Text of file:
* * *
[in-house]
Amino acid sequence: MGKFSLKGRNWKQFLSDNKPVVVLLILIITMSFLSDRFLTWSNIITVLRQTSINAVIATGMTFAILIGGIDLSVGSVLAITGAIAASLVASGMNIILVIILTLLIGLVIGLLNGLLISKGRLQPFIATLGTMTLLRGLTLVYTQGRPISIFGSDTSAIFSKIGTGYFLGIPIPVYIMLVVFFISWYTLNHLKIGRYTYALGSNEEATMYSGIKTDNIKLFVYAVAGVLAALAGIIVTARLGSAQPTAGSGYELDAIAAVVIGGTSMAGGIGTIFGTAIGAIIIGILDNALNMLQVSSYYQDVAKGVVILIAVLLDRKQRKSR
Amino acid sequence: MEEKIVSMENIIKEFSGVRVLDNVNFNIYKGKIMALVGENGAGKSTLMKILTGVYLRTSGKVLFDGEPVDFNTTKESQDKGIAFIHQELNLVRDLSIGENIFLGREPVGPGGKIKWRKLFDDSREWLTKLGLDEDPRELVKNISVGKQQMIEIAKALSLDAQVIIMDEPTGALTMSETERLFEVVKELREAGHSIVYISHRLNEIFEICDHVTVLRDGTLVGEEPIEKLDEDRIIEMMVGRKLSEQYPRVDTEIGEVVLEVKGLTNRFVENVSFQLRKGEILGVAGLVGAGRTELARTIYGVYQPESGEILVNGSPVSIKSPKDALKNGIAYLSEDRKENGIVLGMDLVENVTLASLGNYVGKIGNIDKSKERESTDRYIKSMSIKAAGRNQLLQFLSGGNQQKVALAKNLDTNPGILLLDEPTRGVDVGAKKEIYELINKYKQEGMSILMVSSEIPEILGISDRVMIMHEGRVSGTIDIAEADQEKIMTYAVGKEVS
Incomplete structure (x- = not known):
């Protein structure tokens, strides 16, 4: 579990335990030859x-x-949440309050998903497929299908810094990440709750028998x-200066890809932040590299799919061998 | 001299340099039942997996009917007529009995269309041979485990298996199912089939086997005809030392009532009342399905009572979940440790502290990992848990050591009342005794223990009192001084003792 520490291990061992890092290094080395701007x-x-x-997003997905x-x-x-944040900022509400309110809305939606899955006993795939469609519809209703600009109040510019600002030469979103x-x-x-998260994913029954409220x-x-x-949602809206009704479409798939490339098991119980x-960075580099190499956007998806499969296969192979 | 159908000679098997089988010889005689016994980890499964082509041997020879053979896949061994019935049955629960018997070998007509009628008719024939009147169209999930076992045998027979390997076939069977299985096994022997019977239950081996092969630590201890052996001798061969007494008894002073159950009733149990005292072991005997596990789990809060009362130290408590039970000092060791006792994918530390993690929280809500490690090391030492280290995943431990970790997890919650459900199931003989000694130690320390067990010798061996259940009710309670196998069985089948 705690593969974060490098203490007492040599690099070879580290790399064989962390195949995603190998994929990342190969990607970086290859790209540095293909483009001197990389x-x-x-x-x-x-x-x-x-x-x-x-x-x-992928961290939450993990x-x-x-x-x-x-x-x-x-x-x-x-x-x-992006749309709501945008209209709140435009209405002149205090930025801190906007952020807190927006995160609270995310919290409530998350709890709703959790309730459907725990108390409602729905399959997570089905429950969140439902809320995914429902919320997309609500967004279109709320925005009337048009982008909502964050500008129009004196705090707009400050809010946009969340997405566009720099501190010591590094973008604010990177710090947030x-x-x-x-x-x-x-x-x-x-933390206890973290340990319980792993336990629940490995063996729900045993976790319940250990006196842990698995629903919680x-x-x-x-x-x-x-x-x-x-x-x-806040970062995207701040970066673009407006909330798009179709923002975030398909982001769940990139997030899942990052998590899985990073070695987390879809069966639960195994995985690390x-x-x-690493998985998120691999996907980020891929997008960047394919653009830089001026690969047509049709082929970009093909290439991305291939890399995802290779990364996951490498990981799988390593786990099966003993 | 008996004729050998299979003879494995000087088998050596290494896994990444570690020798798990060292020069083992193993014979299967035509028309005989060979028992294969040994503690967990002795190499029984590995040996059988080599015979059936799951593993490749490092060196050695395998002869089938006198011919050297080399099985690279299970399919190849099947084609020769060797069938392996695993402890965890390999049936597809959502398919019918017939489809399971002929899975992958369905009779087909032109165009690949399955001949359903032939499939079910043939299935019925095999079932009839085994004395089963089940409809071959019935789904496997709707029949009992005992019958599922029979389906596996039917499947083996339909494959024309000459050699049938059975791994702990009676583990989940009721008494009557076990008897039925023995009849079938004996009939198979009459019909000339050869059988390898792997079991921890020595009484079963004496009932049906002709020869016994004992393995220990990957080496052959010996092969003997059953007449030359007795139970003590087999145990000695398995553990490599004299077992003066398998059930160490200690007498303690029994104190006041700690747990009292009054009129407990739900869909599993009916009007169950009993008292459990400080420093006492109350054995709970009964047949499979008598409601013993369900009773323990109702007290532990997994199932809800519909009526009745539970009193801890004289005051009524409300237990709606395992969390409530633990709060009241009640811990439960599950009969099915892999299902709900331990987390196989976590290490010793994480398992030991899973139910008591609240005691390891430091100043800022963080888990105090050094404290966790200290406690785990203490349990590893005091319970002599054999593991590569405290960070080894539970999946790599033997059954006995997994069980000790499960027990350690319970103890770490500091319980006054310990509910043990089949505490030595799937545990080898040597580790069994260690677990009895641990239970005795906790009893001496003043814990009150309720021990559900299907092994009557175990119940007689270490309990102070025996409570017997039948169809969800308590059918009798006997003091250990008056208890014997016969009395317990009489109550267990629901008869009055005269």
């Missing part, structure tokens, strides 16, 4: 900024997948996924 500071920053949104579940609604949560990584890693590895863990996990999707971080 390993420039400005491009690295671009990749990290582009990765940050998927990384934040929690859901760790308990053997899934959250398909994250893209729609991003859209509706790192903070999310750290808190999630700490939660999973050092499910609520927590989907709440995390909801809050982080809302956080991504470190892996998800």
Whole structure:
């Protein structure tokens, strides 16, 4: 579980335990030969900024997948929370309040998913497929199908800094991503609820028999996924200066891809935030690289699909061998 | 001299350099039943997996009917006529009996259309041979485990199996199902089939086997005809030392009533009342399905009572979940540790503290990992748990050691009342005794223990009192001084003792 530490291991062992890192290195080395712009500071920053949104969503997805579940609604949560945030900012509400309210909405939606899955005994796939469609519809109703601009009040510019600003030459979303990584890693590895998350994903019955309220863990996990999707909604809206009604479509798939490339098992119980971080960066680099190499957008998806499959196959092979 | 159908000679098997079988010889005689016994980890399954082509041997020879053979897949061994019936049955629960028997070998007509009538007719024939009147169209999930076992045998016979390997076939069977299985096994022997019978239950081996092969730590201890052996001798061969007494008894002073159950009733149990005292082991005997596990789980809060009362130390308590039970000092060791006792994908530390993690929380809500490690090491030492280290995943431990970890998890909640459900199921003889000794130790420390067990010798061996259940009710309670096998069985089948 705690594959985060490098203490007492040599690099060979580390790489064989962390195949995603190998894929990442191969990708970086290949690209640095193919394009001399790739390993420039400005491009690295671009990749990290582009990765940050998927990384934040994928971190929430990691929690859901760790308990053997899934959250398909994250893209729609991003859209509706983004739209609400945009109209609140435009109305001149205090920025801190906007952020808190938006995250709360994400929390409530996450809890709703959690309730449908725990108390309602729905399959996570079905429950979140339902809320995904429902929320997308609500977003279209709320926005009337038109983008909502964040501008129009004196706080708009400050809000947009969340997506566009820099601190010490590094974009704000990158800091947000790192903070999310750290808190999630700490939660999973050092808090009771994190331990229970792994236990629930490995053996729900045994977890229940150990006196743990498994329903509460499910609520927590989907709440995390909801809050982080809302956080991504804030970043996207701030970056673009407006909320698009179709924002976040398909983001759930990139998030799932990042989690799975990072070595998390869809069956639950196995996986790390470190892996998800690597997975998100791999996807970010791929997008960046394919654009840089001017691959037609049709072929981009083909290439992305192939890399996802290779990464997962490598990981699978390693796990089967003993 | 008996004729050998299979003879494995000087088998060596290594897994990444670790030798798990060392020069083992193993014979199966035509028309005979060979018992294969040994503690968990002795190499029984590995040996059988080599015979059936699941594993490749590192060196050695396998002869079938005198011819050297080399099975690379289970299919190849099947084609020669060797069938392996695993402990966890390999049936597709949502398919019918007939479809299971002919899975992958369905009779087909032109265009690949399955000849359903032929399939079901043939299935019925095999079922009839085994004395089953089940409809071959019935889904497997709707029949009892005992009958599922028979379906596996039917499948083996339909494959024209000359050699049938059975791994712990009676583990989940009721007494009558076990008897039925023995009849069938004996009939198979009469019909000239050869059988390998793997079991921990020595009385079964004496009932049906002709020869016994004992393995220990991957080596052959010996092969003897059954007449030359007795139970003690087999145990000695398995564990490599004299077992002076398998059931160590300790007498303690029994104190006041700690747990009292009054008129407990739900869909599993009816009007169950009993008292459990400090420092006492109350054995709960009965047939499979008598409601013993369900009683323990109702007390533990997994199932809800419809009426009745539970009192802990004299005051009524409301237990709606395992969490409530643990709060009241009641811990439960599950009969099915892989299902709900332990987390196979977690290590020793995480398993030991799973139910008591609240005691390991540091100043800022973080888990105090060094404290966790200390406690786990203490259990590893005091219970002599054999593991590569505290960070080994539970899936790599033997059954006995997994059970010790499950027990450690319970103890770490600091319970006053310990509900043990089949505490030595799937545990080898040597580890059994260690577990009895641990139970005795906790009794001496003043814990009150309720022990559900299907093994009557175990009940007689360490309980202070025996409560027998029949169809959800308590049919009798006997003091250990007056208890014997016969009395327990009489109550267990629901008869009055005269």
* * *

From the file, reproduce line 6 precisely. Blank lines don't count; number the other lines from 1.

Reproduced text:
């Missing part, structure tokens, strides 16, 4: 900024997948996924 500071920053949104579940609604949560990584890693590895863990996990999707971080 390993420039400005491009690295671009990749990290582009990765940050998927990384934040929690859901760790308990053997899934959250398909994250893209729609991003859209509706790192903070999310750290808190999630700490939660999973050092499910609520927590989907709440995390909801809050982080809302956080991504470190892996998800």